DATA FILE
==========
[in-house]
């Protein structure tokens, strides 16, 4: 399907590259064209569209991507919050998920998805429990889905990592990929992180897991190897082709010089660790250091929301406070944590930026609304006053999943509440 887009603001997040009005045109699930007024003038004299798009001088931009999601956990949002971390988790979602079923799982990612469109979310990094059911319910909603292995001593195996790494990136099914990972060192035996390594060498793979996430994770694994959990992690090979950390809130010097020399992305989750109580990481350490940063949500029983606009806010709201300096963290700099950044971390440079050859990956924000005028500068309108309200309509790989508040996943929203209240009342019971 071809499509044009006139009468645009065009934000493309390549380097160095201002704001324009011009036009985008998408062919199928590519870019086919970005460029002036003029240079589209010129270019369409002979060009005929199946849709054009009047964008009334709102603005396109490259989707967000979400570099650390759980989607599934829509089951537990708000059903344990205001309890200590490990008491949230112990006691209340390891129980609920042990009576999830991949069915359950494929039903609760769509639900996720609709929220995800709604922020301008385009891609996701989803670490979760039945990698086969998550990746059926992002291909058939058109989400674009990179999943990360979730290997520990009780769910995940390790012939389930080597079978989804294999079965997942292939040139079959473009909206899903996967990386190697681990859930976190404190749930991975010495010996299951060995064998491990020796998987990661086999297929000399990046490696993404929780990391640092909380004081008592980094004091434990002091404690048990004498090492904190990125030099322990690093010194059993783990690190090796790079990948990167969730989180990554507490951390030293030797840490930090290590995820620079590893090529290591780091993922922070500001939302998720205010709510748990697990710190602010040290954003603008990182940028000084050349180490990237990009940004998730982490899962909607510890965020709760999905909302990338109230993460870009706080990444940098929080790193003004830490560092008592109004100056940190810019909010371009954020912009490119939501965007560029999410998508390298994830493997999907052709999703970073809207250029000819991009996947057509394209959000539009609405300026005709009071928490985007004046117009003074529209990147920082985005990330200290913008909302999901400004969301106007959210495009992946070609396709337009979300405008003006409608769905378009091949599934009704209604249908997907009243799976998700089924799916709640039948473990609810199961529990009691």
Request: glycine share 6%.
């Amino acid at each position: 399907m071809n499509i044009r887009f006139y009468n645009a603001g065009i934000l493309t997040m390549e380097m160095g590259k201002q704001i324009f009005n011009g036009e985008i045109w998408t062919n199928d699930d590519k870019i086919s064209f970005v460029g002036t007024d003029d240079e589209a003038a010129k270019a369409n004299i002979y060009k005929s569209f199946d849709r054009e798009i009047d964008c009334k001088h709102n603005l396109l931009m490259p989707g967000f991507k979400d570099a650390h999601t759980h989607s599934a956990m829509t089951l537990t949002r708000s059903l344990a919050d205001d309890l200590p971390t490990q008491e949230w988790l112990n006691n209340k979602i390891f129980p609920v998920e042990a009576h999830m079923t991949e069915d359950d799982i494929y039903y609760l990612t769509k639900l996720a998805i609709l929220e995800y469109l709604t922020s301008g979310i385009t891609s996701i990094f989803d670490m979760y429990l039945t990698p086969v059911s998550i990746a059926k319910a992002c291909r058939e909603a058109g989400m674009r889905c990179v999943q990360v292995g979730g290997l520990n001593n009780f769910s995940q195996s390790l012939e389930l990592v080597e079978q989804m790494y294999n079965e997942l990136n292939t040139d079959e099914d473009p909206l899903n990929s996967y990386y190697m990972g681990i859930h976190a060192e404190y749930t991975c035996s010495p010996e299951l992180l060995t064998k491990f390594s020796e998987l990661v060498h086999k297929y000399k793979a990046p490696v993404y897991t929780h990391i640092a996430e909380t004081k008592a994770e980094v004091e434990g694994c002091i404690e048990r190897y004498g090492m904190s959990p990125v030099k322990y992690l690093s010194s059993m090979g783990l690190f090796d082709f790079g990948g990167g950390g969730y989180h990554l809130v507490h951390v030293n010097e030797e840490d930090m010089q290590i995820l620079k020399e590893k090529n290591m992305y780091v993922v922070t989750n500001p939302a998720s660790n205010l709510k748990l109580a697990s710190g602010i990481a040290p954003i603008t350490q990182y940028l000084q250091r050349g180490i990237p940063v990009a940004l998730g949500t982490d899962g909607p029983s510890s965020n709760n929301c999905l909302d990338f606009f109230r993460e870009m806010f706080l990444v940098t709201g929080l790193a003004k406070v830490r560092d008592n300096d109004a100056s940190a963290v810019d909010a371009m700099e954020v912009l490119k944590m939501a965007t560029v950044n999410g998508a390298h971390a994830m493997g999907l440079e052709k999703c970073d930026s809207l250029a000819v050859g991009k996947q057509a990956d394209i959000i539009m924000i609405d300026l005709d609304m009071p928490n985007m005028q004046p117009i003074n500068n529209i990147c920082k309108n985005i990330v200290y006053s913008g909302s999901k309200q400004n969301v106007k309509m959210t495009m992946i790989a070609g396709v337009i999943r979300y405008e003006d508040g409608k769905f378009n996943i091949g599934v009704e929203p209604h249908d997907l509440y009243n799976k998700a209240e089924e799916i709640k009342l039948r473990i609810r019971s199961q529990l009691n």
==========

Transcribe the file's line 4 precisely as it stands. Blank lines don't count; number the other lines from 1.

């Amino acid at each position: 399907m071809n499509i044009r887009f006139y009468n645009a603001g065009i934000l493309t997040m390549e380097m160095g590259k201002q704001i324009f009005n011009g036009e985008i045109w998408t062919n199928d699930d590519k870019i086919s064209f970005v460029g002036t007024d003029d240079e589209a003038a010129k270019a369409n004299i002979y060009k005929s569209f199946d849709r054009e798009i009047d964008c009334k001088h709102n603005l396109l931009m490259p989707g967000f991507k979400d570099a650390h999601t759980h989607s599934a956990m829509t089951l537990t949002r708000s059903l344990a919050d205001d309890l200590p971390t490990q008491e949230w988790l112990n006691n209340k979602i390891f129980p609920v998920e042990a009576h999830m079923t991949e069915d359950d799982i494929y039903y609760l990612t769509k639900l996720a998805i609709l929220e995800y469109l709604t922020s301008g979310i385009t891609s996701i990094f989803d670490m979760y429990l039945t990698p086969v059911s998550i990746a059926k319910a992002c291909r058939e909603a058109g989400m674009r889905c990179v999943q990360v292995g979730g290997l520990n001593n009780f769910s995940q195996s390790l012939e389930l990592v080597e079978q989804m790494y294999n079965e997942l990136n292939t040139d079959e099914d473009p909206l899903n990929s996967y990386y190697m990972g681990i859930h976190a060192e404190y749930t991975c035996s010495p010996e299951l992180l060995t064998k491990f390594s020796e998987l990661v060498h086999k297929y000399k793979a990046p490696v993404y897991t929780h990391i640092a996430e909380t004081k008592a994770e980094v004091e434990g694994c002091i404690e048990r190897y004498g090492m904190s959990p990125v030099k322990y992690l690093s010194s059993m090979g783990l690190f090796d082709f790079g990948g990167g950390g969730y989180h990554l809130v507490h951390v030293n010097e030797e840490d930090m010089q290590i995820l620079k020399e590893k090529n290591m992305y780091v993922v922070t989750n500001p939302a998720s660790n205010l709510k748990l109580a697990s710190g602010i990481a040290p954003i603008t350490q990182y940028l000084q250091r050349g180490i990237p940063v990009a940004l998730g949500t982490d899962g909607p029983s510890s965020n709760n929301c999905l909302d990338f606009f109230r993460e870009m806010f706080l990444v940098t709201g929080l790193a003004k406070v830490r560092d008592n300096d109004a100056s940190a963290v810019d909010a371009m700099e954020v912009l490119k944590m939501a965007t560029v950044n999410g998508a390298h971390a994830m493997g999907l440079e052709k999703c970073d930026s809207l250029a000819v050859g991009k996947q057509a990956d394209i959000i539009m924000i609405d300026l005709d609304m009071p928490n985007m005028q004046p117009i003074n500068n529209i990147c920082k309108n985005i990330v200290y006053s913008g909302s999901k309200q400004n969301v106007k309509m959210t495009m992946i790989a070609g396709v337009i999943r979300y405008e003006d508040g409608k769905f378009n996943i091949g599934v009704e929203p209604h249908d997907l509440y009243n799976k998700a209240e089924e799916i709640k009342l039948r473990i609810r019971s199961q529990l009691n």